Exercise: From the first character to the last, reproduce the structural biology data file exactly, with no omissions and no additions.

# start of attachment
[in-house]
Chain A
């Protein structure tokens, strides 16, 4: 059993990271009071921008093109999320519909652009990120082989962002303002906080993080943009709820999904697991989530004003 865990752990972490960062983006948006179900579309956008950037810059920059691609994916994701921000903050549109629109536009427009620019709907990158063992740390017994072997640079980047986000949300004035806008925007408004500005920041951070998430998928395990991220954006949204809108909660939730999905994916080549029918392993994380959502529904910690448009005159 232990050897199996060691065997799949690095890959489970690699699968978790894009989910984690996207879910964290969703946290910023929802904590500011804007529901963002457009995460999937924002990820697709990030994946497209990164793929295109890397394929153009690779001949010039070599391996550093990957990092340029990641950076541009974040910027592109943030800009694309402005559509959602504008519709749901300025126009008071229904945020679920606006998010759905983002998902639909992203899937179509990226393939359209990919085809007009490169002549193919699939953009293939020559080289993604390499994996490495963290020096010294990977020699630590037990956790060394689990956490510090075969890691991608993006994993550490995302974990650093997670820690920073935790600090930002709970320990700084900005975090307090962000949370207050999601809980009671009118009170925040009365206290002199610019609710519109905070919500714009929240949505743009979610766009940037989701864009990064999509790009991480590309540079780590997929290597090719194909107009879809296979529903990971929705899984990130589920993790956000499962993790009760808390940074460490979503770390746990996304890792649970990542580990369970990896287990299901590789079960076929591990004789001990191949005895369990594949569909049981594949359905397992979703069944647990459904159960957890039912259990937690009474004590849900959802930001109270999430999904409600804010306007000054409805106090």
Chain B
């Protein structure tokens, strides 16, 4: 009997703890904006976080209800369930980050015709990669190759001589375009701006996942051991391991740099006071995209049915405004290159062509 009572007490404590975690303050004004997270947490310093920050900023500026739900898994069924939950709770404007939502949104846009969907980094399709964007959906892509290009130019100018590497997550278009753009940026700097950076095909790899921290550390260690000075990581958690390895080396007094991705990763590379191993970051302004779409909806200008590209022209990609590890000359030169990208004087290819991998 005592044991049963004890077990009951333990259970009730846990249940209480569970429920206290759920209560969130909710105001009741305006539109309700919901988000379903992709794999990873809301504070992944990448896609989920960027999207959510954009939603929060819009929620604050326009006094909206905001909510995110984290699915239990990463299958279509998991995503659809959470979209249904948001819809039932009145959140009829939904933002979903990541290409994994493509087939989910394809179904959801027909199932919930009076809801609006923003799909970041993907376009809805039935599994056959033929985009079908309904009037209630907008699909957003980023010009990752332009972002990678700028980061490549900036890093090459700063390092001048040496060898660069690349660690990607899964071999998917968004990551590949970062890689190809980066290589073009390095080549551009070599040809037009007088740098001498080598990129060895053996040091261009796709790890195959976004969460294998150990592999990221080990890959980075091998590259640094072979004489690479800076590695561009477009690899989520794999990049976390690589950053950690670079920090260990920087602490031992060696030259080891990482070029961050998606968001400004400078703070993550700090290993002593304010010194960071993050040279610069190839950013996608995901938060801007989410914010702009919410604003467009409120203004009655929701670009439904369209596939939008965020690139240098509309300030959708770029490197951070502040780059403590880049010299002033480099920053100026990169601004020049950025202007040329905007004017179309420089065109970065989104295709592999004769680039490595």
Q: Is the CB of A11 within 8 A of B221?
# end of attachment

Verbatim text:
[in-house]
Chain A
């Protein structure tokens, strides 16, 4: 059993990271009071921008093109999320519909652009990120082989962002303002906080993080943009709820999904697991989530004003 865990752990972490960062983006948006179900579309956008950037810059920059691609994916994701921000903050549109629109536009427009620019709907990158063992740390017994072997640079980047986000949300004035806008925007408004500005920041951070998430998928395990991220954006949204809108909660939730999905994916080549029918392993994380959502529904910690448009005159 232990050897199996060691065997799949690095890959489970690699699968978790894009989910984690996207879910964290969703946290910023929802904590500011804007529901963002457009995460999937924002990820697709990030994946497209990164793929295109890397394929153009690779001949010039070599391996550093990957990092340029990641950076541009974040910027592109943030800009694309402005559509959602504008519709749901300025126009008071229904945020679920606006998010759905983002998902639909992203899937179509990226393939359209990919085809007009490169002549193919699939953009293939020559080289993604390499994996490495963290020096010294990977020699630590037990956790060394689990956490510090075969890691991608993006994993550490995302974990650093997670820690920073935790600090930002709970320990700084900005975090307090962000949370207050999601809980009671009118009170925040009365206290002199610019609710519109905070919500714009929240949505743009979610766009940037989701864009990064999509790009991480590309540079780590997929290597090719194909107009879809296979529903990971929705899984990130589920993790956000499962993790009760808390940074460490979503770390746990996304890792649970990542580990369970990896287990299901590789079960076929591990004789001990191949005895369990594949569909049981594949359905397992979703069944647990459904159960957890039912259990937690009474004590849900959802930001109270999430999904409600804010306007000054409805106090």
Chain B
């Protein structure tokens, strides 16, 4: 009997703890904006976080209800369930980050015709990669190759001589375009701006996942051991391991740099006071995209049915405004290159062509 009572007490404590975690303050004004997270947490310093920050900023500026739900898994069924939950709770404007939502949104846009969907980094399709964007959906892509290009130019100018590497997550278009753009940026700097950076095909790899921290550390260690000075990581958690390895080396007094991705990763590379191993970051302004779409909806200008590209022209990609590890000359030169990208004087290819991998 005592044991049963004890077990009951333990259970009730846990249940209480569970429920206290759920209560969130909710105001009741305006539109309700919901988000379903992709794999990873809301504070992944990448896609989920960027999207959510954009939603929060819009929620604050326009006094909206905001909510995110984290699915239990990463299958279509998991995503659809959470979209249904948001819809039932009145959140009829939904933002979903990541290409994994493509087939989910394809179904959801027909199932919930009076809801609006923003799909970041993907376009809805039935599994056959033929985009079908309904009037209630907008699909957003980023010009990752332009972002990678700028980061490549900036890093090459700063390092001048040496060898660069690349660690990607899964071999998917968004990551590949970062890689190809980066290589073009390095080549551009070599040809037009007088740098001498080598990129060895053996040091261009796709790890195959976004969460294998150990592999990221080990890959980075091998590259640094072979004489690479800076590695561009477009690899989520794999990049976390690589950053950690670079920090260990920087602490031992060696030259080891990482070029961050998606968001400004400078703070993550700090290993002593304010010194960071993050040279610069190839950013996608995901938060801007989410914010702009919410604003467009409120203004009655929701670009439904369209596939939008965020690139240098509309300030959708770029490197951070502040780059403590880049010299002033480099920053100026990169601004020049950025202007040329905007004017179309420089065109970065989104295709592999004769680039490595």
Q: Is the CB of A11 within 8 A of B221?